Free schooling reshapes destinies of needy students

By Xu Xiaoxuan
0 Comment(s)Print E-mail Xinhua, December 20, 2020
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“How can acquiring knowledge be more important than putting food on the table?” This line from a Chinese short film called “Students at Guohua Memorial Middle School” reflects the painful struggle facing poverty-stricken households in paying for education fees for their children.

An aerial view of Guohua Memorial Middle School. [Screenshot courtesy of Haokan Video]

The film is based on true stories of Guohua Memorial Middle School, which focuses on reshaping destinies of needy students.

Established in Foshan city, south China’s Guangdong province in 2002, Guohua Memorial Middle School is China’s first private boarding senior high school that doesn’t charge students anything.

In 2002, Yang Guoqiang, founder of property development company Country Garden, and her daughter Yang Huiyan donated 260 million RMB to set up Guohua, with the aim of providing high-quality education to excellent students from financially disadvantaged families across the country.

“Knowledge is a powerful weapon to fight against poverty. I cannot bear to see that children with aspiration and potential end up nowhere just because they can’t afford to go to school,” said Yang Guoqiang.

For students in Guohua, all their studying and living expenses from senior high school up to college and even post-graduate and doctoral study is covered by the school, even including fares to travel back to their hometowns during the holidays.

Wang Yongkun graduated from Guohua in 2009 and then obtained his bachelor’s degree in the Harbin Institute of Technology, a prestigious university in China.Wang is now the founder of Standard Robots (Shenzhen) Co., Ltd. and made the 2019 Forbes 30 under 30 China List.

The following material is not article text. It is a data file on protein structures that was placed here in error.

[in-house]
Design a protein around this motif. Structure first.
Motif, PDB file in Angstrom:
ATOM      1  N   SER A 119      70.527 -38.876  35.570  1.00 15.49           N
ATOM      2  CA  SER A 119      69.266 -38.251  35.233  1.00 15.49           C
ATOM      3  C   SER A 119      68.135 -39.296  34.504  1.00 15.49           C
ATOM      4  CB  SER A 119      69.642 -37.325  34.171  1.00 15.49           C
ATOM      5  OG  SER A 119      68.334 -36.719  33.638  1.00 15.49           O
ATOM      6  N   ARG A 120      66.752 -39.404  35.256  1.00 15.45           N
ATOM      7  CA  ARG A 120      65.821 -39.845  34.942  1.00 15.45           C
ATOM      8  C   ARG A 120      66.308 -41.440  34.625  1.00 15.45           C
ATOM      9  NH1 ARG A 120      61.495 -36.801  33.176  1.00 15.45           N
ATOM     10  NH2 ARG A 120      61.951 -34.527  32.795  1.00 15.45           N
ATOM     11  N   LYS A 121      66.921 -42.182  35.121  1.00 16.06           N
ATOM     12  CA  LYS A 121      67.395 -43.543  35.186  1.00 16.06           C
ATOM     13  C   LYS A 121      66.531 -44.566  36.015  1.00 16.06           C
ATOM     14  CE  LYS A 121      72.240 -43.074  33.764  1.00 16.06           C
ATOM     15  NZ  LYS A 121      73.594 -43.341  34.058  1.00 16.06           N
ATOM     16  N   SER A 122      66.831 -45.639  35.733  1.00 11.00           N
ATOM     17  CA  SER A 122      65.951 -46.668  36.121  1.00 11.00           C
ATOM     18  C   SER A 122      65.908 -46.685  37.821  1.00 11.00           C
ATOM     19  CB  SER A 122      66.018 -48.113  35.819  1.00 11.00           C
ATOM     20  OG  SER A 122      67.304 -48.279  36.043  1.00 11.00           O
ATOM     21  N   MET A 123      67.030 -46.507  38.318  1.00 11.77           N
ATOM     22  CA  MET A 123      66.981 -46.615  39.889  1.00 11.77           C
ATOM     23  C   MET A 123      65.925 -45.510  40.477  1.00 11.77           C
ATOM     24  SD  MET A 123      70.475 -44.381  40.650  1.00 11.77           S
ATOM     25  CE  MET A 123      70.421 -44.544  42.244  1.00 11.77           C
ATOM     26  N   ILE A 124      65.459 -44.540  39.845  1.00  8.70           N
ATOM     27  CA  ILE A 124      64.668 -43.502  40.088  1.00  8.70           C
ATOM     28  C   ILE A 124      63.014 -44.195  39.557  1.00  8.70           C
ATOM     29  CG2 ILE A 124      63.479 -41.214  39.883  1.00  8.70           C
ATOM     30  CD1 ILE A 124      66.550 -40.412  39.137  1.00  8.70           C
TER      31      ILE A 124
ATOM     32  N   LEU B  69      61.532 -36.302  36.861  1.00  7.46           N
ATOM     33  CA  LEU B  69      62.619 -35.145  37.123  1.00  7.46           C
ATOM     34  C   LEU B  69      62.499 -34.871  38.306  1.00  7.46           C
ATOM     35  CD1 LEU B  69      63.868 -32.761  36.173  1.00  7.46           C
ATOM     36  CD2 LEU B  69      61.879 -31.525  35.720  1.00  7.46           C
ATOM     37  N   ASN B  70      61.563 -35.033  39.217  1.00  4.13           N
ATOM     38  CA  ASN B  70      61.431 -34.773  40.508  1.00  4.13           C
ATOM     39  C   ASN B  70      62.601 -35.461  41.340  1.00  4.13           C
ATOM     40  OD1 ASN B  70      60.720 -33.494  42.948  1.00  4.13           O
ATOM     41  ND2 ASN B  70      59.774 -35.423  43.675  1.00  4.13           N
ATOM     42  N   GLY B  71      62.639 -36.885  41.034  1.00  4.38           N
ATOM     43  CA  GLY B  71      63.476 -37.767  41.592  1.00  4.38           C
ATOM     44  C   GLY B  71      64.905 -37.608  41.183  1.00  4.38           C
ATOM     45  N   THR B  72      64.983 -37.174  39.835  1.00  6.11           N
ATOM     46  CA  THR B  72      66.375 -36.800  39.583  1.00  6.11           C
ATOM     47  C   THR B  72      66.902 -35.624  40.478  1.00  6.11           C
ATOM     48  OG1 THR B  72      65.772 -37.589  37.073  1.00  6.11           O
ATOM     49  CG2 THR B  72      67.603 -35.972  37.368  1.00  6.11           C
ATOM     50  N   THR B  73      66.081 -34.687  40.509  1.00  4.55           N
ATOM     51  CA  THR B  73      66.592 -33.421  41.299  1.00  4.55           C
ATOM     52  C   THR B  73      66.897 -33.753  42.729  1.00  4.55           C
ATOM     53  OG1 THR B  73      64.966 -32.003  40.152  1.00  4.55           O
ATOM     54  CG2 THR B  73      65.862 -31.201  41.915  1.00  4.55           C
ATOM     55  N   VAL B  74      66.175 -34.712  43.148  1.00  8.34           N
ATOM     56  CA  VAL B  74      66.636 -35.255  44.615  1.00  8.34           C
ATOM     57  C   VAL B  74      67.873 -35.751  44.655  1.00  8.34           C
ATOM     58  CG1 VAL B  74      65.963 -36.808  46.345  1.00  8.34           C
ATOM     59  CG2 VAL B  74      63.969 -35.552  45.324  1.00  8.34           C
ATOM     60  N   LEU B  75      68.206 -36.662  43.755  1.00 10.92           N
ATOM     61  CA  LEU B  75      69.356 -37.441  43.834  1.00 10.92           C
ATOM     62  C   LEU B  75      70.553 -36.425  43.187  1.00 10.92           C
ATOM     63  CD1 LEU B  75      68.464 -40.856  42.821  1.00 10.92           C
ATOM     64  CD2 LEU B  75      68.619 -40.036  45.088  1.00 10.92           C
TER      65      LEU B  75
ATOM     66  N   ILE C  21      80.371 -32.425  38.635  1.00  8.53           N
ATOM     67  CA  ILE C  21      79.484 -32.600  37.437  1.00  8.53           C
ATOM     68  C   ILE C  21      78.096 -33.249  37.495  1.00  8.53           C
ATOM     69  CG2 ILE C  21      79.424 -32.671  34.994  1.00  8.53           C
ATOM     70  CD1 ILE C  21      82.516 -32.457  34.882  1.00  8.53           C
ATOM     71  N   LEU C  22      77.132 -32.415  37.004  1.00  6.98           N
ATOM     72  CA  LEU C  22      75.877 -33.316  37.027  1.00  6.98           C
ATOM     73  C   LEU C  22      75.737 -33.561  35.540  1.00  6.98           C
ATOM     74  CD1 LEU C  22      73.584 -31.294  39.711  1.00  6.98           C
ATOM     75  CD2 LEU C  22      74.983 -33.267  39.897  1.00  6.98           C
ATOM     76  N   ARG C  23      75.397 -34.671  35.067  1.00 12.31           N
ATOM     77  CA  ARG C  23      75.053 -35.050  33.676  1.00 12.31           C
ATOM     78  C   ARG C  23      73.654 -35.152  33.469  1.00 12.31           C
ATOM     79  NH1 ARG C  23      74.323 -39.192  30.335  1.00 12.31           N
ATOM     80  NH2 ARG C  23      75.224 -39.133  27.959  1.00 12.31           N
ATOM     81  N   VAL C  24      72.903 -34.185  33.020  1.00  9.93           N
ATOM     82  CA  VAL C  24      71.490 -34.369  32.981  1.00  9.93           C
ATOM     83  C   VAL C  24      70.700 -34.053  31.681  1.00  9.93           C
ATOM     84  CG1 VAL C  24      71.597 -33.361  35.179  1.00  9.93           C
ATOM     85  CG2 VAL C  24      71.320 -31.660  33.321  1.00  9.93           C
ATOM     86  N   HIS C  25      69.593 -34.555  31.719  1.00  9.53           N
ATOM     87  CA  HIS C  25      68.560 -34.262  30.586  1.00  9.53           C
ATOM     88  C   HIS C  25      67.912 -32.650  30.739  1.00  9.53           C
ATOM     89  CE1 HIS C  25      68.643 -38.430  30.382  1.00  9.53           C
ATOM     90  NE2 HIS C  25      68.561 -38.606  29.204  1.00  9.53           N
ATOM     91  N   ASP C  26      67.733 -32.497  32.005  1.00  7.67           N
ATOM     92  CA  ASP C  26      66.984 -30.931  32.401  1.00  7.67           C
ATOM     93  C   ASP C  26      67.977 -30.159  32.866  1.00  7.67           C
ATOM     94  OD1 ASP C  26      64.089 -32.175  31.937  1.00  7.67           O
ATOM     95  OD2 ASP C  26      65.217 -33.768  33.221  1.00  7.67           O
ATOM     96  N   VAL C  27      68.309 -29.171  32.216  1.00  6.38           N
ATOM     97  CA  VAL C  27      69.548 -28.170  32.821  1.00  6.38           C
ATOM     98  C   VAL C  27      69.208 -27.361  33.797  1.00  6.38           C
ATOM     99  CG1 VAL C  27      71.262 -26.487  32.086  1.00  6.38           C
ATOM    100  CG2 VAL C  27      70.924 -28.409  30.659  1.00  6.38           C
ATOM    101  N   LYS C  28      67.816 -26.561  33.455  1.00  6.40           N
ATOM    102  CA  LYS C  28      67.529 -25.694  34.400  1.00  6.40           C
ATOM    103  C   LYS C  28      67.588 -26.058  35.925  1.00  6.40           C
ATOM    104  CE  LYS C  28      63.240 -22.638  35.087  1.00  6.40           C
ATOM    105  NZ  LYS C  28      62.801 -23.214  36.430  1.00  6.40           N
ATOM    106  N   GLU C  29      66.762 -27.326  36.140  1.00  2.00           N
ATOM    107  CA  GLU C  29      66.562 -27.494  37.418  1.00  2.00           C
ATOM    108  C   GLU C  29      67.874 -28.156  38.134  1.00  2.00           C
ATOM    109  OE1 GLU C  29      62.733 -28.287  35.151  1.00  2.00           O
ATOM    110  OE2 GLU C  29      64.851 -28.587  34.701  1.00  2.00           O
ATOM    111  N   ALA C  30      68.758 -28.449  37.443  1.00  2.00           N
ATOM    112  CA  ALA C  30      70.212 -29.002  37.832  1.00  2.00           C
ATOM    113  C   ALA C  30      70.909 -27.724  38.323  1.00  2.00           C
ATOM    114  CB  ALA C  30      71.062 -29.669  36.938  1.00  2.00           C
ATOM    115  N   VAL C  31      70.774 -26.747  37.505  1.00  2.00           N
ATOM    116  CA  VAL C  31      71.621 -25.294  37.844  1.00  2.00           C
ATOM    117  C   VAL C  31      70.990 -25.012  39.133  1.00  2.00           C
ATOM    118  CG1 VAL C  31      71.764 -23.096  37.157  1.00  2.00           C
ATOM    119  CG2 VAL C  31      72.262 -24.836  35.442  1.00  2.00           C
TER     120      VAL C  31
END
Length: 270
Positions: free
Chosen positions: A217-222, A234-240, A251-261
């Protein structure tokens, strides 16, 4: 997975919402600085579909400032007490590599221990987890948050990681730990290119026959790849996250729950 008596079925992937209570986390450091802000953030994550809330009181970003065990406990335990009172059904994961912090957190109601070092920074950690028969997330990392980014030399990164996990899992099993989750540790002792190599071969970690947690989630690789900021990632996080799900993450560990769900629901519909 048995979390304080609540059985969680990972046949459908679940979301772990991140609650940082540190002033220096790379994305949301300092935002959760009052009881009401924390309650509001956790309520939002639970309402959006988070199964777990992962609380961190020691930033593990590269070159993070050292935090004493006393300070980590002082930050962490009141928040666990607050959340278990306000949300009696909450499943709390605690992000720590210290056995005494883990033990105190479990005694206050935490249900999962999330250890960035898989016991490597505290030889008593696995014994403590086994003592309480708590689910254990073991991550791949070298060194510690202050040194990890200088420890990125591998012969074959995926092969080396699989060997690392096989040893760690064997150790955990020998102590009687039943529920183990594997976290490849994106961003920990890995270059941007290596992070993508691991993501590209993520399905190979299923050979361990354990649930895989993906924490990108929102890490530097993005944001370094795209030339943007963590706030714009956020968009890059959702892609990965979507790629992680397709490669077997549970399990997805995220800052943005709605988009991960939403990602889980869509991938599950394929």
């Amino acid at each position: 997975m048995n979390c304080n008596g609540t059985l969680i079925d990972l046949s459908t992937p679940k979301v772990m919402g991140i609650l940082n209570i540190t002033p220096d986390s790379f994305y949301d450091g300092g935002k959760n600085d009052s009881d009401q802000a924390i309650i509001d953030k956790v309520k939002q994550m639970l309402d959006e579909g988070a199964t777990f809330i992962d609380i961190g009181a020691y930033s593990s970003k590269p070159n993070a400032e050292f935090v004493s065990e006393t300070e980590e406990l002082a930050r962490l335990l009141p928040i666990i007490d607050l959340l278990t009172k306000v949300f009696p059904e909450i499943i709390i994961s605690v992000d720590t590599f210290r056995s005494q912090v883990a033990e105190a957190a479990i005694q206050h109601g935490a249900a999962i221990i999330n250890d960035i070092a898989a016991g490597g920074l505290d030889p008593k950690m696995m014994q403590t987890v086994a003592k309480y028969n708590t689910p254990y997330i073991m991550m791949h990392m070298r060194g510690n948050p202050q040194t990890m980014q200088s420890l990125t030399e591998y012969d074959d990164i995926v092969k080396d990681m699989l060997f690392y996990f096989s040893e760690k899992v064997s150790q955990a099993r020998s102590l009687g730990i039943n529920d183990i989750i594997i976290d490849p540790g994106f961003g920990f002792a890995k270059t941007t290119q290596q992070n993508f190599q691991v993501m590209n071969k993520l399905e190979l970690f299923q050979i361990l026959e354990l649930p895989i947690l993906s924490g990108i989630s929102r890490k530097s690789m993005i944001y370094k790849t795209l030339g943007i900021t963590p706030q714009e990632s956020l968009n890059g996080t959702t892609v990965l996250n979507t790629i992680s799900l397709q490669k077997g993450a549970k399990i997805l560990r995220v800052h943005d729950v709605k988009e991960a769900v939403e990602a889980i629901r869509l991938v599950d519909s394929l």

“The school is well-equipped with a library, playground, laboratories, basketball, volleyball and badminton courts, as well as rooms for computers, art, singing, dancing and calligraphy,” said Wang. “Besides learning, regular hiking and visits to museums, art galleries, and factories are also organized for us to broaden our horizons.”

Cai Ying, also a student from Guohua, now works in the China-Japan Friendship Hospital after graduating from Peking University Health Science Center. When the outbreak of novel coronavirus hit Wuhan earlier this year, she actively joined a medical team rushing to assist in the battle against the epidemic in the city.

“It's worth it even if we spent 10 million yuan for each student, as long as this can help cultivate useful people for the society," stated Yang Guoqiang, who has invested a total of over 600 million yuan in the school.

So far, Guohua has received more than 3200 students who would otherwise have dropped out because of poverty, among which 2,582 have graduated. Of all the graduates, 803 have pursued further study either at home or abroad to obtain a master’s degree, and 141 now have a doctoral degree.

In addition to Guohua, Yang and his daughter also set up grant projects and vocational schools for free so that needy students can acquire professional skills and earn a living.

It is better to teach a man to fish than to give him fish.

Education is an important way to stop poverty from being passed on to the next generation, which is the guiding philosophy of Yang’s charitable projects.

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